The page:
Jonah 3 “Repentance Removes Wrath” [Text Only]

Jonah 3:1-10

Repentance Removes Wrath

This is a salvation message. Here is an amazing account of God’s grace and mercy upon wicked sinners who only deserve His wrath.

  1. Warning of Judgment (vv. 1-4).

Then the word of the LORD came to Jonah the second time, saying,

             This is part of the theme of the whole book—God is patient, merciful. He delights to show His mercy to Jonah, and to Nineveh, and to us. He is the God of second chances.

2 “Arise, go to Nineveh, that great city, and call out against it the message that I tell you.”

3 So Jonah arose and went to Nineveh, according to the word of the LORD.

This time Jonah is obedient. He is willing to do the hard thing, because he is willing to  obey God “according to the word of the Lord.”

-The word of the Lord is living and powerful, and sharper than any sword. But God’s word is also healing and life-giving. We will save ourselves from countless miseries if we will take God at His word and commit to obey what it says.

             Now Nineveh was an exceedingly great city, three days’ journey in breadth.–          three days’ journey, meaning a day’s journey in from the suburbs, one day for business, and a third day back out (Wiseman, quoted in Baldwin).

 4 Jonah began to go into the city, going a day’s journey. And he called out, “Yet forty days, and Nineveh shall be overthrown!”

             Here is Jonah, a foreigner, from the tribute nation of Israel, in the middle of the great capitol city of Assyria—proclaiming God’s judgment.

*As a note, years later, when Jeremiah would preach a similar message in Jerusalem, he would be arrested and charged with treason (Jer. 26:8).

History tell us that prior to this time in Assyria, there had been famine, a great solar eclipse, and rebellions had arisen in some of the cities. Perhaps God had already been preparing the hearts of the Ninevehites to hear this message.

Jonah doesn’t preach a message of hope, or a promise of prosperity. He is there to warn them of the fierce judgment of the holy God because of their sinfulness.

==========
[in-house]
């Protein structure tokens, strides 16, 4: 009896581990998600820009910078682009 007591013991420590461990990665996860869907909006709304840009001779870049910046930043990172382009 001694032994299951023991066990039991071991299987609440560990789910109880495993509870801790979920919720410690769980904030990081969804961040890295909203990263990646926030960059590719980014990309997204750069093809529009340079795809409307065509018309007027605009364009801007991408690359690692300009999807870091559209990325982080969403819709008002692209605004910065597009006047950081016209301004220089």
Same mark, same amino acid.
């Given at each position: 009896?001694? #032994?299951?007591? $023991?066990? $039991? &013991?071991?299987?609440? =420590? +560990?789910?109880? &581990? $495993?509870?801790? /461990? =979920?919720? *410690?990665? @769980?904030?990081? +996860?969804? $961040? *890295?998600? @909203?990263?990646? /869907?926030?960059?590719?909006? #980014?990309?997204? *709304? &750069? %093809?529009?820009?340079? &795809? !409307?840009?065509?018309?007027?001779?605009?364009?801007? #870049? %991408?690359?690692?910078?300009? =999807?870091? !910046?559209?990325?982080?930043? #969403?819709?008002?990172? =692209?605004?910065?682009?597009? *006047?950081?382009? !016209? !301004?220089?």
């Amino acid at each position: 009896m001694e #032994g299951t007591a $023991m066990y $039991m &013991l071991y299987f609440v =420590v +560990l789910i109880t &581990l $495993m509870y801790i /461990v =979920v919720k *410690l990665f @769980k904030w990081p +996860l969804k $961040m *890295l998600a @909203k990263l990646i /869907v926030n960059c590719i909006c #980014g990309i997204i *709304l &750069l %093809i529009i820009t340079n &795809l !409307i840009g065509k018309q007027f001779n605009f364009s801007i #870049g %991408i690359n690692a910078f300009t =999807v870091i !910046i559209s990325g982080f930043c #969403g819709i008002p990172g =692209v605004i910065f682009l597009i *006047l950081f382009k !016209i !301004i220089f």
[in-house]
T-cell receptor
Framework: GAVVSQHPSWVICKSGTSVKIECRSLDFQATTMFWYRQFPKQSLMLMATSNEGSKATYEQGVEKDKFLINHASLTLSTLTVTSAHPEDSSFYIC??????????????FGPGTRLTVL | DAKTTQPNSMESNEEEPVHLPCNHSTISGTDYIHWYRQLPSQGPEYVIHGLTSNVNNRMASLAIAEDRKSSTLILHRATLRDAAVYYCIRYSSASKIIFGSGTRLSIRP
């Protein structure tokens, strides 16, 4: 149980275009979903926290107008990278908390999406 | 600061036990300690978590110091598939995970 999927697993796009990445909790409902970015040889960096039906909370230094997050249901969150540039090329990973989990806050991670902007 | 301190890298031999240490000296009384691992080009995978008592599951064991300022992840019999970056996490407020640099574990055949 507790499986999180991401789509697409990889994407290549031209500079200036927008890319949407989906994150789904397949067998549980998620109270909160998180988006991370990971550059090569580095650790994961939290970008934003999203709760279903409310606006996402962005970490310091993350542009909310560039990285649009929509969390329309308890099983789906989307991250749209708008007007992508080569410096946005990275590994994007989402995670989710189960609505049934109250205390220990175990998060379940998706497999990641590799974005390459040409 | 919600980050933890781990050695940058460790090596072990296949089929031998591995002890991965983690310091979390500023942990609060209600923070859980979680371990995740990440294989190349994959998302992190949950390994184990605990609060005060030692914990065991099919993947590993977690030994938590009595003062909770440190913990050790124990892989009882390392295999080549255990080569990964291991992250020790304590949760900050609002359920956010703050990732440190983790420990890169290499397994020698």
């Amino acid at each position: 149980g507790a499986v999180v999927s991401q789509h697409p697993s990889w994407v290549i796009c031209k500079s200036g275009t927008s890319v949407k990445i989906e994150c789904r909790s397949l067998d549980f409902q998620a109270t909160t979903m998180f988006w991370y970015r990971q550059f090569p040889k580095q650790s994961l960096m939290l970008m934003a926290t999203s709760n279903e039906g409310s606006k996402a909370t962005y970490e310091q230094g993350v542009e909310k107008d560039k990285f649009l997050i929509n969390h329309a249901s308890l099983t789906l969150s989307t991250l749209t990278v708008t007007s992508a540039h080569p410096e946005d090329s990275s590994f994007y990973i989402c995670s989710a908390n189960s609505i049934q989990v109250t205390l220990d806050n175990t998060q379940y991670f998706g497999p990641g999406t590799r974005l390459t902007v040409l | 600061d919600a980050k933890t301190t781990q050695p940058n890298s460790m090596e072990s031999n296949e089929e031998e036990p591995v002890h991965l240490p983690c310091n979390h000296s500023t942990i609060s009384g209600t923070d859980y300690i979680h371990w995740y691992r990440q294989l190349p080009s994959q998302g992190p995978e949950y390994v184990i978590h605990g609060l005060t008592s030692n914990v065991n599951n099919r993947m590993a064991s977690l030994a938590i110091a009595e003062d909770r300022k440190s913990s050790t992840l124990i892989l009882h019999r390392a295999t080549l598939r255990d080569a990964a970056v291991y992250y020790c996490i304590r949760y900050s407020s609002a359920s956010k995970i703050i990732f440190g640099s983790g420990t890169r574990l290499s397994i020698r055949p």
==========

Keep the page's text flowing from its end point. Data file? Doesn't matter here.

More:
2.   Faith and Repentance (vv. 4-9).

 5 And the people of Nineveh believed God. —“believed,” same word used for . . .

Abraham–      And he believed the LORD, and he counted it to Him as righteousness. (Gen. 15:6)

Israel, when Moses told them God was going to rescue them–         And the people believed; and when they heard that the LORD had visited the people of Israel and that he had seen their affliction, they bowed their heads and worshiped. (Ex. 4:31)

Israel, when they crossed the Red Sea–         Then they believed His words; they sang His praise. (Ps. 106:12).

“believe”–          to be convinced; they believed, were convinced that Jonah’s words were God’s words.

 They called for a fast and put on sackcloth, from the greatest of them to the least of them.—

             This is the summary statement that the following verses will describe more fully.

Fasting and putting on scratchy old sacks for clothes were outward signs of their repentance. They believed God’s message, and wanted to show the Lord how serious they were about being sorry for their sin. They were trying to express their humility and submission to the great and holy God of heaven.

This wasn’t just the response of a few people, but throughout this faith and repentance swept like a flood throughout the entire city.

 6 The word reached the king of Nineveh, and he arose from his throne, removed his robe, covered himself with sackcloth, and sat in ashes.

             Again, this city revival came about from the prophet proclaiming the Word of God.

“the word reached”–or could be translated “touched, affected” the king.

“removed his robe”–   strong word here, not carefully or royally, but like removing or dirty garment, (“off like a dirty shirt”, my Grandma used to say); the same word for how the LORD will remove false prophets from Israel (Zech. 3:4; 13:2).

Even the king feared the judgment of the Lord for his sins and the sins of his people.

The king, of such a great city, normally seated in royalty on his throne, humbles himself in a shocking way. Removing his luxurious and I assume comfy robe, he puts on a scratchy old bag and sits in dirty ashes.

7 And he issued a proclamation and published through Nineveh, “By the decree of the king and his nobles: Let neither man nor beast, herd nor flock, taste anything. Let them not feed or drink water,

             They certainly took the message to heart, and their fear of the Lord brought about this intense decree—everyone, including all the animals, was to show their repentance.

 8 but let man and beast be covered with sackcloth, and let them call out mightily to God. Let everyone turn from his evil way and from the violence that is in his hands.

         Fasting (v. 7)– they wanted God’s mercy more than food

Sackcloth–      symbolizing humility